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Sick animals display drastic changes in their behavioral patterns, including decreased activity, decreased food and water intake, and decreased interest in social interactions. These behaviors, collectively called “sickness behaviors”, can be socially modulated. For example, when provided with mating opportunities, males of several species show reduced sickness behaviors. While the behavior is known to change, how the social environment affects neural molecular responses to sickness is not known. Here, we used a species, the zebra finch, Taeniopygia guttata, where males have been shown to decrease sickness behaviors when presented with novel females. Using this paradigm, we obtained samples from three brain regions (the hypothalamus, the bed nucleus of the stria terminalis, and the nucleus taeniae) from lipopolysaccharide (LPS) or control treated males housed under four different social environments. Manipulation of the social environment rapidly changed the strength and co-expression patterns of the neural molecular responses to the immune challenge in all brain regions tested, therefore suggesting that the social environment plays a significant role in determining the neural responses to an infection. In particular, brains of males paired with a novel female showed muted immune responses to LPS, as well as altered synaptic signaling. Neural metabolic activity in response to the LPS challenge was also affected by the social environment. Our results provide new insights into the effects of the social environment on brain responses to an infection, thereby improving our understanding of how the social environment can affect health.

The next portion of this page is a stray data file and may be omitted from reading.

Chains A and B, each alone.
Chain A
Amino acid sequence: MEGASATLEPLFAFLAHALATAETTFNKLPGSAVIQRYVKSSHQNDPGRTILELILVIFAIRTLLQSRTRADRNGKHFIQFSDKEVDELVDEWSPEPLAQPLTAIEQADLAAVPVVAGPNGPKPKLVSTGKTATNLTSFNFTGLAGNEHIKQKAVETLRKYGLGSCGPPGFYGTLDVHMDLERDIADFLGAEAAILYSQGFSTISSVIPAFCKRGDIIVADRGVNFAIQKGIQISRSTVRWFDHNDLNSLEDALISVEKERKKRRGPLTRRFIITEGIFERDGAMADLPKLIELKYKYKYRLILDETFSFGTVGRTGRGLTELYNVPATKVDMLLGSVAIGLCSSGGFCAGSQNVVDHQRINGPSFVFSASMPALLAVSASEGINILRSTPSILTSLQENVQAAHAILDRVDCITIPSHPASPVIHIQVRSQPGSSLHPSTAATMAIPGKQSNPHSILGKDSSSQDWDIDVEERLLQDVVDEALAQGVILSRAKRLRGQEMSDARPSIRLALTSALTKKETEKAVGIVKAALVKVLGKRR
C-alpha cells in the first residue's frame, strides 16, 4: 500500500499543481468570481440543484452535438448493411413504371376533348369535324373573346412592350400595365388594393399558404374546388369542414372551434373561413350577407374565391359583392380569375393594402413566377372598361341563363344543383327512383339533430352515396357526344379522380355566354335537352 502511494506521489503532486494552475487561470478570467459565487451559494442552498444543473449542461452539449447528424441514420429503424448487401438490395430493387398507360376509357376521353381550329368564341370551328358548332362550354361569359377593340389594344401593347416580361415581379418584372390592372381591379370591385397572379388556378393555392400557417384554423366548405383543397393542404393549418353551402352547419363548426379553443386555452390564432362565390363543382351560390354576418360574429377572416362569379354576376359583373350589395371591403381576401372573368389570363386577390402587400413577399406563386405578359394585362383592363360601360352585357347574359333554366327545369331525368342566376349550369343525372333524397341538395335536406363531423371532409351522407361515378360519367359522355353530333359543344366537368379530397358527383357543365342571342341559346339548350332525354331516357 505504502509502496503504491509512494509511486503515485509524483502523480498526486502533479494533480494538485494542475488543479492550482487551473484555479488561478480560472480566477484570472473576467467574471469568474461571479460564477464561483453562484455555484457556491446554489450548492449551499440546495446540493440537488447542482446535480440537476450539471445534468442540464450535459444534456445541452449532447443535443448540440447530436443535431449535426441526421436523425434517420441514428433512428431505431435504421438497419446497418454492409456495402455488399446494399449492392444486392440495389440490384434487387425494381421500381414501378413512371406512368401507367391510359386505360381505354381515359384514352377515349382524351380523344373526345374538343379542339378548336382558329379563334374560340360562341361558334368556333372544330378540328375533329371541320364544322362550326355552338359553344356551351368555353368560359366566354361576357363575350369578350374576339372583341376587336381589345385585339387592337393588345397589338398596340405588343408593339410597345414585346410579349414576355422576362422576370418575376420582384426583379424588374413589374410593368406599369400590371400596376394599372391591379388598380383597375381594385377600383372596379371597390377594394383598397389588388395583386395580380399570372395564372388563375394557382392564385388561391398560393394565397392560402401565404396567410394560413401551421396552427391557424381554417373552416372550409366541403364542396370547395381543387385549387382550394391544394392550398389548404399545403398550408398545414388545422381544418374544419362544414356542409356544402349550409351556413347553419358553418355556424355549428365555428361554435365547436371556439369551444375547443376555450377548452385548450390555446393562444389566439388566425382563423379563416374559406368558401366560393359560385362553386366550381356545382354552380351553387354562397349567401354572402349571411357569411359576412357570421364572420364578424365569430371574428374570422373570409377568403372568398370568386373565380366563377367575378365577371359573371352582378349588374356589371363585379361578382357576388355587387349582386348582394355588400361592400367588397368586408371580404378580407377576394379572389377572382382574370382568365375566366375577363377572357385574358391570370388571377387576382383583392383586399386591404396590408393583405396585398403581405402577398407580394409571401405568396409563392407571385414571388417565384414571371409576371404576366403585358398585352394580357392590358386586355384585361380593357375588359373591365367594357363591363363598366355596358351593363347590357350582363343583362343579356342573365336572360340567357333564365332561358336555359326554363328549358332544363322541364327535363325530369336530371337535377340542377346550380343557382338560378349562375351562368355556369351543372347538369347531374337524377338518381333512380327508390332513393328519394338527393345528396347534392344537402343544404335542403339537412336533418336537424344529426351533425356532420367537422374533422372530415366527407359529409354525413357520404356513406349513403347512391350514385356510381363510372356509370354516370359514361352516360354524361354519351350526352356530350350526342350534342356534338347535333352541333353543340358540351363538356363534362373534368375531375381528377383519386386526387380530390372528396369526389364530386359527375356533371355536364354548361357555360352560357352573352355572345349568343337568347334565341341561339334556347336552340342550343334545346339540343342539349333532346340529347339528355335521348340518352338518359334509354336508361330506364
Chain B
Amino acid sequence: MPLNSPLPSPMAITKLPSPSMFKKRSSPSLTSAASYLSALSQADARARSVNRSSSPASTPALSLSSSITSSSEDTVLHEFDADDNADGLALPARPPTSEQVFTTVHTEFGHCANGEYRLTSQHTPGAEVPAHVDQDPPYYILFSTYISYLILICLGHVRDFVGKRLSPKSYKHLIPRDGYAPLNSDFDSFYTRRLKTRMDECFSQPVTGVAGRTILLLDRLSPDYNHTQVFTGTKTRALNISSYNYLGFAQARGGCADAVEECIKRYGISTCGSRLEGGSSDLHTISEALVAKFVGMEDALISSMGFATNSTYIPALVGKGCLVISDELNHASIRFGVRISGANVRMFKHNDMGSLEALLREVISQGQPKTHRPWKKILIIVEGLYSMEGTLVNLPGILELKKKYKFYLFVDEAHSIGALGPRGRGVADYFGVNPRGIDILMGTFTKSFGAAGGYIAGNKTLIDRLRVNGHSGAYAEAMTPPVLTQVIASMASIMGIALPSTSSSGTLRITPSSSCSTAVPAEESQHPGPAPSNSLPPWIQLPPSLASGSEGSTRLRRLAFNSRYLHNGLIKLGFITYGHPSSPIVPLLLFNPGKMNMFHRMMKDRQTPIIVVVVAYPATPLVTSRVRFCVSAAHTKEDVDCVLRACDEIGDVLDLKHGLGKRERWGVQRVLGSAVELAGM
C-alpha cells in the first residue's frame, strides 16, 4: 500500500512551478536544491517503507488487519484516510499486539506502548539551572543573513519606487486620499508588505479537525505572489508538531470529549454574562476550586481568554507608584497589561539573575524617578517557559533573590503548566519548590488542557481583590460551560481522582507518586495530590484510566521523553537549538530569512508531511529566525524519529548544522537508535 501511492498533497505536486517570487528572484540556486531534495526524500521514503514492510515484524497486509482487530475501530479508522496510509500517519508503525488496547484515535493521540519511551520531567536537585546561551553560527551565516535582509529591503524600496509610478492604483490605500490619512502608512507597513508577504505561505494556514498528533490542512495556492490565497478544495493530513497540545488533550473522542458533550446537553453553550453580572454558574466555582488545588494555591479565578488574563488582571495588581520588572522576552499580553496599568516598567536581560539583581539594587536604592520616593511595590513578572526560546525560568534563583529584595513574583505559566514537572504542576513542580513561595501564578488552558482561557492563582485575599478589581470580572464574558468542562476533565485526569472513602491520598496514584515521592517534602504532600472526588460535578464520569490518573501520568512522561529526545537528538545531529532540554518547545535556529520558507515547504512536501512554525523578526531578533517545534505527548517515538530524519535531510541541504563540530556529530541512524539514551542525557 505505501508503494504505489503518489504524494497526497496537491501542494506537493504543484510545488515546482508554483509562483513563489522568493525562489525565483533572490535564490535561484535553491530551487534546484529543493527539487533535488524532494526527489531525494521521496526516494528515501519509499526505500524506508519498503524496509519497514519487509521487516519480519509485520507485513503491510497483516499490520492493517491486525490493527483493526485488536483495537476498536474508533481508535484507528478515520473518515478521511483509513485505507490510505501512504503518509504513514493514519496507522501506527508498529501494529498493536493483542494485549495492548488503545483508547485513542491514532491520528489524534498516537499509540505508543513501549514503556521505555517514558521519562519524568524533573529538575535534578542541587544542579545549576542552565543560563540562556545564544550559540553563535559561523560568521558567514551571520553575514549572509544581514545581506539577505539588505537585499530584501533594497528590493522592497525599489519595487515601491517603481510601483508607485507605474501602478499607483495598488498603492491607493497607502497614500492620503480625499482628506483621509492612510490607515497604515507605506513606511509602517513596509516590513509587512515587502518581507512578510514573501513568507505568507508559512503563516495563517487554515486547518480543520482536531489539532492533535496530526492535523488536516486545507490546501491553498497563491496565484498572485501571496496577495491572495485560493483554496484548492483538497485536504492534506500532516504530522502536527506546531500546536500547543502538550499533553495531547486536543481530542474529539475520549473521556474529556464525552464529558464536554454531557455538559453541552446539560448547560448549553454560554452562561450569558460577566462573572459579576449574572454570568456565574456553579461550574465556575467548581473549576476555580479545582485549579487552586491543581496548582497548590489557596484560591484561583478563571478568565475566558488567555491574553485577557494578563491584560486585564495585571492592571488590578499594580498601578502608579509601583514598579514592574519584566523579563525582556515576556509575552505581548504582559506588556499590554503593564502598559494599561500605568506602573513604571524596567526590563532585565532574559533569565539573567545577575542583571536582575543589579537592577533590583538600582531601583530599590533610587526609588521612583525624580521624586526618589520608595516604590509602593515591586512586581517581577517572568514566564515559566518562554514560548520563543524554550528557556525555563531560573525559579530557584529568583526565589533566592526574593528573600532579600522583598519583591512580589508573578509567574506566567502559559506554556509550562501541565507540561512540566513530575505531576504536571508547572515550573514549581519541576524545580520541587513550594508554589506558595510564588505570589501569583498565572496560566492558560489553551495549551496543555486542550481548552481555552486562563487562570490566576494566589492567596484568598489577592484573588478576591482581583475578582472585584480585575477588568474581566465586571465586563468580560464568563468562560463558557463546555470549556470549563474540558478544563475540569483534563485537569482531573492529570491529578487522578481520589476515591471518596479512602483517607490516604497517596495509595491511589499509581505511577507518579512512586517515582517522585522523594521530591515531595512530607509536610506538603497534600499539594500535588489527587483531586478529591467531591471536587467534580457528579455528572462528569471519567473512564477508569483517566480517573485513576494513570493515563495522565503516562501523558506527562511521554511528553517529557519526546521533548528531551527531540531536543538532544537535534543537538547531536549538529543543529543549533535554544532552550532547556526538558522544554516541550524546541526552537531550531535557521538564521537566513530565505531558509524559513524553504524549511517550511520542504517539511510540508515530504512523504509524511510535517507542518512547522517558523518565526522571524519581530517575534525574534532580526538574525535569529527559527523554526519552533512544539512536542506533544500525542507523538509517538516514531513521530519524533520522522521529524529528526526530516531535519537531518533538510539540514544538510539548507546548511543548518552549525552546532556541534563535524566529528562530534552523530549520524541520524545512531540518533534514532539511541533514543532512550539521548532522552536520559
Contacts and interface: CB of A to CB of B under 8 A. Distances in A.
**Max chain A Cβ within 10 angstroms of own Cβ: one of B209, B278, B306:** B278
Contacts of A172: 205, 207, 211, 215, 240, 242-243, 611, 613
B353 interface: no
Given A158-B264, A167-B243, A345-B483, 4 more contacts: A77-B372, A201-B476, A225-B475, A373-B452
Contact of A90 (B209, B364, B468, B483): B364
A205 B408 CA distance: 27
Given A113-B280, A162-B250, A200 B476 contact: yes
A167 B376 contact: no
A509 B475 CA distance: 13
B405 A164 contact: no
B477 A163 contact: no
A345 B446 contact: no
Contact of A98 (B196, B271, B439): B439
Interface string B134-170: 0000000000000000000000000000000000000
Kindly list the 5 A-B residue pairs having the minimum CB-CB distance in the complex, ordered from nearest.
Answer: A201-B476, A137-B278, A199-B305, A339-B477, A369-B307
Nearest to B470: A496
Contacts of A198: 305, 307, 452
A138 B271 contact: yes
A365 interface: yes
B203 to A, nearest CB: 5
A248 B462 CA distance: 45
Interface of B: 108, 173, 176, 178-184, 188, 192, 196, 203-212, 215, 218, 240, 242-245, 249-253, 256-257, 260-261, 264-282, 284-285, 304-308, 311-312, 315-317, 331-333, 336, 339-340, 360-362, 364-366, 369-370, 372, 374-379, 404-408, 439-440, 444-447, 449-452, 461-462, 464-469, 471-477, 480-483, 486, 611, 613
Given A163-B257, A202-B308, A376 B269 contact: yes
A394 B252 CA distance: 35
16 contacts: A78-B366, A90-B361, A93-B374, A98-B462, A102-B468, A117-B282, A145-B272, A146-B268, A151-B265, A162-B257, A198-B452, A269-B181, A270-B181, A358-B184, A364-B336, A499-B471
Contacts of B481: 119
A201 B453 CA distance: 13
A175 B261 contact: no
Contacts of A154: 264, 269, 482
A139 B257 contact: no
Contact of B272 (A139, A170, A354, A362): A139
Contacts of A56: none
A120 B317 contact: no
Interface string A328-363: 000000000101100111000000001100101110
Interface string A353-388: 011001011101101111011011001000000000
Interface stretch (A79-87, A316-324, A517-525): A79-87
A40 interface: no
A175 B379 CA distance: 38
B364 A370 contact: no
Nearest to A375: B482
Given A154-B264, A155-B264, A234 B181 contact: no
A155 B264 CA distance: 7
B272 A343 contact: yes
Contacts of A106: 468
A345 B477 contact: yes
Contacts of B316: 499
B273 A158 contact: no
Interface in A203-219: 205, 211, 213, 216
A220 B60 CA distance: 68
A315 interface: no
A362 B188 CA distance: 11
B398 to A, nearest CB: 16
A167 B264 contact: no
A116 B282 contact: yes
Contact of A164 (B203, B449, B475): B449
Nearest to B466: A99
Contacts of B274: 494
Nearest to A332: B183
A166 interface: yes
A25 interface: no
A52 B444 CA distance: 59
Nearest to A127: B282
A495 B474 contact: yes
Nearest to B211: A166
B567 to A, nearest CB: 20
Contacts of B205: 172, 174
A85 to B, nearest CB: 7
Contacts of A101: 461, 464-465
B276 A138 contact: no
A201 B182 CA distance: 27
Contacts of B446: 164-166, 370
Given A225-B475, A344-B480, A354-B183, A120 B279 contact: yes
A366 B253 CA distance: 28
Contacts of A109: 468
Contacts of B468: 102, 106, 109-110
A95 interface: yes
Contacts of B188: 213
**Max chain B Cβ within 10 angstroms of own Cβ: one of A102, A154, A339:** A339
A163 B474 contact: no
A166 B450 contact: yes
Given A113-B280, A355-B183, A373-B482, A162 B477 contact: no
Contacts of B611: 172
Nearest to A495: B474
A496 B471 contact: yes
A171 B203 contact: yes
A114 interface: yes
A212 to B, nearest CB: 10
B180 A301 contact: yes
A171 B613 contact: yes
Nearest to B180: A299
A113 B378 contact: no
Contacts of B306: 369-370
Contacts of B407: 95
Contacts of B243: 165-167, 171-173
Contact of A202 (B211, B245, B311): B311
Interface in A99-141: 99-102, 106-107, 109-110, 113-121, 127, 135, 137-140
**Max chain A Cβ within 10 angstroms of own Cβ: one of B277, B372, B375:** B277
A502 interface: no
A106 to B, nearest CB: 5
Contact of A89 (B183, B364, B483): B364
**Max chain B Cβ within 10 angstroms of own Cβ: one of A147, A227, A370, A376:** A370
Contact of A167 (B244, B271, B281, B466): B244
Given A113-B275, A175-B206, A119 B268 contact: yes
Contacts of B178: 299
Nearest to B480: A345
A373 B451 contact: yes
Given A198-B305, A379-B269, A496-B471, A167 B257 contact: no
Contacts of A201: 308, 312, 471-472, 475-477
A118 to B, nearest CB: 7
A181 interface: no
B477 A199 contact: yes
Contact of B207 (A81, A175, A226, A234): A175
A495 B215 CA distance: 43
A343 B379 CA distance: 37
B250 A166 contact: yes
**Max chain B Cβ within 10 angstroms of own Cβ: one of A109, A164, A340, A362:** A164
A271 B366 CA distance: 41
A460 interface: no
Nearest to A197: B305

NOTICE: this is the author’s version of a work that was accepted for publication in Brain Behavior and Immunity. Changes resulting from the publishing process, such as peer review, editing, corrections, structural formatting, and other quality control mechanisms may not be reflected in this document. Changes may have been made to this work since it was submitted for publication. A definitive version was subsequently published in Brain Behavior and Immunity, volume 110, in 2023.

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